Rapid technological advances have fueled the growth of several DNA and RNA sequencing platforms that help identify DNA mutations and transcriptomic defects that cause several pathological conditions and lead to cancer. Plummeting sequencing costs have empowered next-generation sequencing platforms to enable comprehensive nucleic acid sequencing. The epigenetic analysis of DNA methylations using PCR-based methods also is an emerging technological trend for the discovery of novel cancer biomarkers. The advent of microarray, microfluidic and multiplex biomarker platforms is likely to increase the role of nucleic acid biomarkers in cancer screening, diagnosis, and management.

Color Genomics of Burlingame, Calif., offers hereditary cancer risk tests using genomic and transcriptomic molecular markers across several indications, which also help select appropriate therapies. Color’s Hereditary Cancer Test analyzes 30 genes, including breast cancer 1 (BRCA1) and BRCA2, to check for mutations. Although mutations in the tested genes are uncommon, their presence can significantly increase the chances of developing cancer.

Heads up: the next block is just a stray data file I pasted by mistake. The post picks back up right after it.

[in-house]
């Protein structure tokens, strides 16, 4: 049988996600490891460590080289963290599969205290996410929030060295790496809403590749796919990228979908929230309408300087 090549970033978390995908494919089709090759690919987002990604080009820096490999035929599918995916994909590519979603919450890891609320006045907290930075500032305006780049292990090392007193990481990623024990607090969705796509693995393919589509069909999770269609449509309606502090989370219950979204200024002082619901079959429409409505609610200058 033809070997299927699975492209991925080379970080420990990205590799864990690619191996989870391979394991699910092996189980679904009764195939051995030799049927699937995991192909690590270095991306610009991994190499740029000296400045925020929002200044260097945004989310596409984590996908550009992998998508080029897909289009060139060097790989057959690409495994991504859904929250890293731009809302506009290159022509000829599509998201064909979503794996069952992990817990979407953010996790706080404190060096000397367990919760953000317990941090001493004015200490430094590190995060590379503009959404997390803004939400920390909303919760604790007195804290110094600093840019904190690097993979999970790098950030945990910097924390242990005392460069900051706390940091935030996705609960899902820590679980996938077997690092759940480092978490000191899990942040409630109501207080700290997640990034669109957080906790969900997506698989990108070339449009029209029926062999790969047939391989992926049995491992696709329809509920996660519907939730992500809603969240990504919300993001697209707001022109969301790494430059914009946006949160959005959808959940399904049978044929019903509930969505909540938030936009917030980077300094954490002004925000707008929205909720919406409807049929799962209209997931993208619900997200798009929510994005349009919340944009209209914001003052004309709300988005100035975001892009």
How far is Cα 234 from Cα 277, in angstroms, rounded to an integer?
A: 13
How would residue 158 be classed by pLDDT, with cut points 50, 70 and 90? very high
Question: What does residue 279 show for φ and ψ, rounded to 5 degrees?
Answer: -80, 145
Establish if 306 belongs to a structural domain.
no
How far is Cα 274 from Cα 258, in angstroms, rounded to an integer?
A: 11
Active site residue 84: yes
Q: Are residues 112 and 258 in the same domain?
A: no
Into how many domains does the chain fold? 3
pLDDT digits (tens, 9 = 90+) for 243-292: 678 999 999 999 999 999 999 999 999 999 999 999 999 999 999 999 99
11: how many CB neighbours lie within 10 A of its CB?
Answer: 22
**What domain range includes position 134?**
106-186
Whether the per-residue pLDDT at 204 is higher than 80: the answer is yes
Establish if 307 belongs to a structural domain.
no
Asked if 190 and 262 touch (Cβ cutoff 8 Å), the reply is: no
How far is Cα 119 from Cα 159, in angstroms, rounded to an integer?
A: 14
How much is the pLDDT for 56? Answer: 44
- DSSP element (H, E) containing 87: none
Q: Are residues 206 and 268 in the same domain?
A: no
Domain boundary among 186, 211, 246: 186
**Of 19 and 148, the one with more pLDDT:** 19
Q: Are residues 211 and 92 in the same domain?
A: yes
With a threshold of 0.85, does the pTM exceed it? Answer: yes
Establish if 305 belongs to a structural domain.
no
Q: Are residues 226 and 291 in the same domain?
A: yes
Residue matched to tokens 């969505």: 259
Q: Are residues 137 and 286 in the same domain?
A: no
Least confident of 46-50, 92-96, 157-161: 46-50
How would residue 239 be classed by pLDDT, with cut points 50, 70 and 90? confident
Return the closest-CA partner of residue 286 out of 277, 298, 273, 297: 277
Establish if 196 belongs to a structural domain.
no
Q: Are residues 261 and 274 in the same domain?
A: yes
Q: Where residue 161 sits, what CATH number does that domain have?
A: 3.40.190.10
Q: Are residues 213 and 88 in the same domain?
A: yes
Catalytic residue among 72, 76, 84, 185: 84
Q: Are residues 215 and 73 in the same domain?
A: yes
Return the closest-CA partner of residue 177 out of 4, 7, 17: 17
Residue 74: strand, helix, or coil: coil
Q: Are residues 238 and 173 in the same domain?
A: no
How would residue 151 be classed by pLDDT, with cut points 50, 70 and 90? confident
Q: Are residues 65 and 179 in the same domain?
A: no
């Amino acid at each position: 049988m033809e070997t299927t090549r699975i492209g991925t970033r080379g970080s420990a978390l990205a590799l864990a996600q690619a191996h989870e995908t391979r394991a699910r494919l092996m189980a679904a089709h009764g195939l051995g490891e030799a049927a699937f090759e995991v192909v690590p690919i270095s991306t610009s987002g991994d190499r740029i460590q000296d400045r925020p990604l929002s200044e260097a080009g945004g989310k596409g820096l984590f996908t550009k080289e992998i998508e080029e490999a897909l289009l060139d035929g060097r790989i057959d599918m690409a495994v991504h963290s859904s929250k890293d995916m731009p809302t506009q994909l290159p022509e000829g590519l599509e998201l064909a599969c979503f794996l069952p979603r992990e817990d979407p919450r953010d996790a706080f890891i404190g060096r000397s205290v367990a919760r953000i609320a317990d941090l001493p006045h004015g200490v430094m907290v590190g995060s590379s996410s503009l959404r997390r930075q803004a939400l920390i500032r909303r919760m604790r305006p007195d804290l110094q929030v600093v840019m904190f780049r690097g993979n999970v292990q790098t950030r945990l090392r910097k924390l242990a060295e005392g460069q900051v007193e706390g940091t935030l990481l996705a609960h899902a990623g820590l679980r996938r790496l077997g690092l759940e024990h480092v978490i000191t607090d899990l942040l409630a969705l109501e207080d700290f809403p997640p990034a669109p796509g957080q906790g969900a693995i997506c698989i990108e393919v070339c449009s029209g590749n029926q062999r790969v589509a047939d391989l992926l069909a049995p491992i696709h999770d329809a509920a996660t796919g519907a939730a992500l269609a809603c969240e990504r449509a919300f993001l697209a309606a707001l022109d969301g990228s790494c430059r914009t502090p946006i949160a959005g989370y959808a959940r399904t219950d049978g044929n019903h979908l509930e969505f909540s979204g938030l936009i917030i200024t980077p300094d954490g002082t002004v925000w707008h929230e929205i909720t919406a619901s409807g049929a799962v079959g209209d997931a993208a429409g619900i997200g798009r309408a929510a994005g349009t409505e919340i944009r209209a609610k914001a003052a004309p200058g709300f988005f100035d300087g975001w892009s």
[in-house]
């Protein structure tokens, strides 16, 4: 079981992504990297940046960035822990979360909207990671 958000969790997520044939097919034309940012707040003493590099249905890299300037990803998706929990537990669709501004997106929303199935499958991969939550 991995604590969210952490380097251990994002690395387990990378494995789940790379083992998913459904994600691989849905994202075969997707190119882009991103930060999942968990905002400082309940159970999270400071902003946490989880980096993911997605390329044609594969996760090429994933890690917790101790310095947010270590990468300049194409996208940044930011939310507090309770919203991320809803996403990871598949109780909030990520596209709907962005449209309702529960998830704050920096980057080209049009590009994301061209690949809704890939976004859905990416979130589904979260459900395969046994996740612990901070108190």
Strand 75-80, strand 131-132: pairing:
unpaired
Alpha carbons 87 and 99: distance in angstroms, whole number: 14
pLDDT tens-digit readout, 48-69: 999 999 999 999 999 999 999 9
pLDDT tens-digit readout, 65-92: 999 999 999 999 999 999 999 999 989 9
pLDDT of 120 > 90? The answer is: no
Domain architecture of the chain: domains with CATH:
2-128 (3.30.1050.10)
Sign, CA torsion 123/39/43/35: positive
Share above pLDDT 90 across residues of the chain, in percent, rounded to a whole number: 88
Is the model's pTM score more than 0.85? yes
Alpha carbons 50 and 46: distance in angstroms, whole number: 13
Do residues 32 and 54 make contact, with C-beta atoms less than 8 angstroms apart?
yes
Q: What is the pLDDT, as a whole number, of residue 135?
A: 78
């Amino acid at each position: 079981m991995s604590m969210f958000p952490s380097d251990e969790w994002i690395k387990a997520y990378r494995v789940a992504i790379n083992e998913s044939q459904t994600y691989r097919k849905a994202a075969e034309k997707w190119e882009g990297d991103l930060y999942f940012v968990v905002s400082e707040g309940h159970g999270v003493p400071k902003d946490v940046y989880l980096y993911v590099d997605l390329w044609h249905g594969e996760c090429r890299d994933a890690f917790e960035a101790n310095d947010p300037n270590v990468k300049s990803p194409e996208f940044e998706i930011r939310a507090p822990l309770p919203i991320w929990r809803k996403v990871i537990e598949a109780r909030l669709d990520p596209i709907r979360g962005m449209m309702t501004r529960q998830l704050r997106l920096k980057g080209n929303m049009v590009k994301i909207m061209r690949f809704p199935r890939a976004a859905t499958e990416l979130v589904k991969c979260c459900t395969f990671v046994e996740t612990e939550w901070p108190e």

Emerging Metabolomic Profiling Assays May Facilitate Enhanced Cancer Diagnosis and Prognosis

Advanced technologies such as nuclear magnetic resonance, gas chromatography-mass spectrometry, and liquid chromatography-mass spectrometry are increasingly being used to profile metabolomic markers with biological samples such as tissue, stool, blood, plasma, serum and urine. Metabolic biomarkers such as 2-hydroxyglutarate, fatty acid metabolites, bile acids and amino acids have been associated with several types of cancer. However, the consistency and reproducibility of metabolic panel assays and metabolomic profiling signatures is a major concern. Further research and development in this space may overcome the current challenges across metabolomic screening techniques, which may lead to the higher adoption of metabolic assays across clinical settings in cancer care.